Established in 2009 by the Dean of the College of Liberal Arts at The University of Texas at Austin, the Humanities Research Award supports faculty efforts to complete an in-progress research project in the humanities by awarding select tenured and tenure-track faculty with $5,000 for three consecutive years, for a total of $15,000.
Below are the 2013 award recipients, each of which used their prize to travel around the globe to libraries, archives and museums to gather data and submerge themselves into their research.
In researching the role of decision-making in tragic texts, French studies professor Marc Bizer realized a reoccurring theme throughout the texts: submission, or the refusal to submit. Building on this, Bizer argues that tragic protagonists are faulted with what he calls “the anti-tragic impulse,” where the protagonist meets a terrible fate due to his refusal to give in to a higher power.
Juliet Hooker, an associate professor in the Departments of Government and African and African Diaspora Studies, analyzes the accounts of four prominent African-American and Latin American political thinkers to challenge simplistic comparisons made in popular media between U.S. and Latin American racial politics and to fully understand Latin American and U.S. ideas about race.
American studies professor Randy Lewis’ upcoming book “Surveillance of the Heart: Fear and Loathing in Fortress America” explores how it feels to live in a surveillance-obsessed world driven by both rational and irrational fears. He addresses the “soft tissue damage” of modern surveillance practices to answer the question: Does it make us sleep better at night, or does it aggravate the problem?
Germanic studies professor Marc Pierce take a new look at the history of Germanic linguistics in North America in his book “Towards a New History of Germanic Linguistics in North America.” Contrasting from the traditional idea that German philology was discarded around WWI, Pierce suggests that German linguistics was steady up until World War II, and scholarly networks thrived soon after the war ended.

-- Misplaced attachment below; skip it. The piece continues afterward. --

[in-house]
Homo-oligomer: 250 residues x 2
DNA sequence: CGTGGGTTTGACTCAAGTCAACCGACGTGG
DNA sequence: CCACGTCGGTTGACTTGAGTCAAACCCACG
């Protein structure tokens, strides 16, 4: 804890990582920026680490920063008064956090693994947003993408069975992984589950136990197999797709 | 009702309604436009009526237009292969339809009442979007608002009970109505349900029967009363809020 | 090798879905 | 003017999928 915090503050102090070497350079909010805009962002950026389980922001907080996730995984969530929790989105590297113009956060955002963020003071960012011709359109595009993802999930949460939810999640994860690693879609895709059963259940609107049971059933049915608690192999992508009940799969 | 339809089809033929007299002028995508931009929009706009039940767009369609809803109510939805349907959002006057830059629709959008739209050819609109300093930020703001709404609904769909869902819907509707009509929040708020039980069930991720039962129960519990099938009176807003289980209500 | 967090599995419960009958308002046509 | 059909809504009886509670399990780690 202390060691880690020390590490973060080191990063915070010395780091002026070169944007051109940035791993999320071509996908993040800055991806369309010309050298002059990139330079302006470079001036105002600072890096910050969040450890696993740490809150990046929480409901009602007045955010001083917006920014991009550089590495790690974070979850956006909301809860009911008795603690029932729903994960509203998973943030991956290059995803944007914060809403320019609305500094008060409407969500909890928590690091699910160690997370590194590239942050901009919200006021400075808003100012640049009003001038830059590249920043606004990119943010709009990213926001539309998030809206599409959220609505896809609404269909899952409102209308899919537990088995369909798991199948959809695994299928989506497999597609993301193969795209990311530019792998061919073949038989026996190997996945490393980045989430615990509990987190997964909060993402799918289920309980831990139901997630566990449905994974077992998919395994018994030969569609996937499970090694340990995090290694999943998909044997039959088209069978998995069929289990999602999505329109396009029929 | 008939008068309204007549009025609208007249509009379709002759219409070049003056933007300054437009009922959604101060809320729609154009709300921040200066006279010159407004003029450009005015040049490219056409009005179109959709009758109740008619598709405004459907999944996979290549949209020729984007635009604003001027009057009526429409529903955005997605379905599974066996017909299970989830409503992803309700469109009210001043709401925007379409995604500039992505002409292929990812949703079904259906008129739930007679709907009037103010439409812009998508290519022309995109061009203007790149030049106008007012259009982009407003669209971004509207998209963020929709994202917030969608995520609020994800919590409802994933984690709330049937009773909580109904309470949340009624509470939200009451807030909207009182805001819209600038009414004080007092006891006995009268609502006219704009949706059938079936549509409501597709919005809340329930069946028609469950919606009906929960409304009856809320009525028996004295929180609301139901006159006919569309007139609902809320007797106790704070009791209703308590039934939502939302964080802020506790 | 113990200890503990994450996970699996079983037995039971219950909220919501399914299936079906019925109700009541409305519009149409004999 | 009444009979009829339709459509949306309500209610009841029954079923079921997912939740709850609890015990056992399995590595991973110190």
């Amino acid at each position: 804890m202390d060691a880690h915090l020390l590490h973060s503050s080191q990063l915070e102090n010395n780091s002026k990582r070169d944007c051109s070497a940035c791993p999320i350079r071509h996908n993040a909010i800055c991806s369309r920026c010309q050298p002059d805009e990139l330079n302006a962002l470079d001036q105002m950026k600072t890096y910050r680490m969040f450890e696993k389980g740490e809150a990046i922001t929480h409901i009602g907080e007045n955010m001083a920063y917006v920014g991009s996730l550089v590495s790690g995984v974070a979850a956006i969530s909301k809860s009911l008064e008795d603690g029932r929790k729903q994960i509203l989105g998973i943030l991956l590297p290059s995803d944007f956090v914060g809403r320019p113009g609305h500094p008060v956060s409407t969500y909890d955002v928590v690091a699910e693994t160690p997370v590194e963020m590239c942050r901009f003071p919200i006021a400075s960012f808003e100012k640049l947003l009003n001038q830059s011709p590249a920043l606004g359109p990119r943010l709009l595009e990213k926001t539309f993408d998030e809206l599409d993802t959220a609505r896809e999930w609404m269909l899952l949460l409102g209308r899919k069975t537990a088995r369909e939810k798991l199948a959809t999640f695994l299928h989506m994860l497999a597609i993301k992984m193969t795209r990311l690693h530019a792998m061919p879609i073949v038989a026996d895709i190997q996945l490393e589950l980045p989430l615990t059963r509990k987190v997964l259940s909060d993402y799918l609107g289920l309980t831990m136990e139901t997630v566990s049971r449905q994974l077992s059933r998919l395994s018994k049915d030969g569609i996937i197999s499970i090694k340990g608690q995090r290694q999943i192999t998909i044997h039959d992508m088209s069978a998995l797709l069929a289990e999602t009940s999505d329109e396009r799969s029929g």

Nancy Stalker, an associate professor in the Departments of Asian Studies and History, examines the growth and globalization of the art of Japanese flower arrangements throughout the 20th century, arguing that many fundamental changes in the practice and production of the art stemmed from responses to international pressures, and global economic and geopolitical trends.
After 165 years of seeking remedy, the Cherokee Freedman’s case for tribal sovereignty has finally arrived in front of the U.S. Supreme Court, a decision that will affect the standing of tribal sovereignty for all American Indian nations. Cultural anthropologist Circe Sturm examines the tensions between civil rights and tribal sovereignty to reveal the deeper racial politics behind contemporary struggles.
Lisa B. Thompson, an associate professor in the Departments of African and African Diaspora Studies, English and Theatre and Dance, examines how the post-Brown V. Board of Education generation have enjoyed some of the civil rights movement triumphs while also experiencing the persistent resistance and erosion of those victories in her book-in-progress, titled “Black Millennial Stages: Reimagining History, Memory and Identity.”
In a translation with commentary of “The Synopsis of Rhetoric” by Joseph Rhakendytes, Jeffrey Walker revives classical rhetoric in its simpler, more traditional form, while digging deeper into the theory that Rhakendytes was the author of the last of the Ptochoprodromos poems — a set of vernacular satires written in political verse that some see as opening a door to modernity.
In her upcoming book, French studies professor Alexandra Wettlaufer examines the textual relationship between two of the most influential women writers of the 19th century — Aurore Dupin Dudevant and Mary Ann Evans, better known as George Sand and George Eliot — to gain a better understanding of their individual bodies of work, as well as the narrative form of the novel itself.
English professor Hannah Wojciehowski’s book project presents Michel Foucault’s evolution as a philosopher and the events of the late 60’s that radicalized his thinking. Wojciehowski examines how his relationships with student activists and abuse from the Bourguiba government, lead to new understandings of surveillance, control and censorship.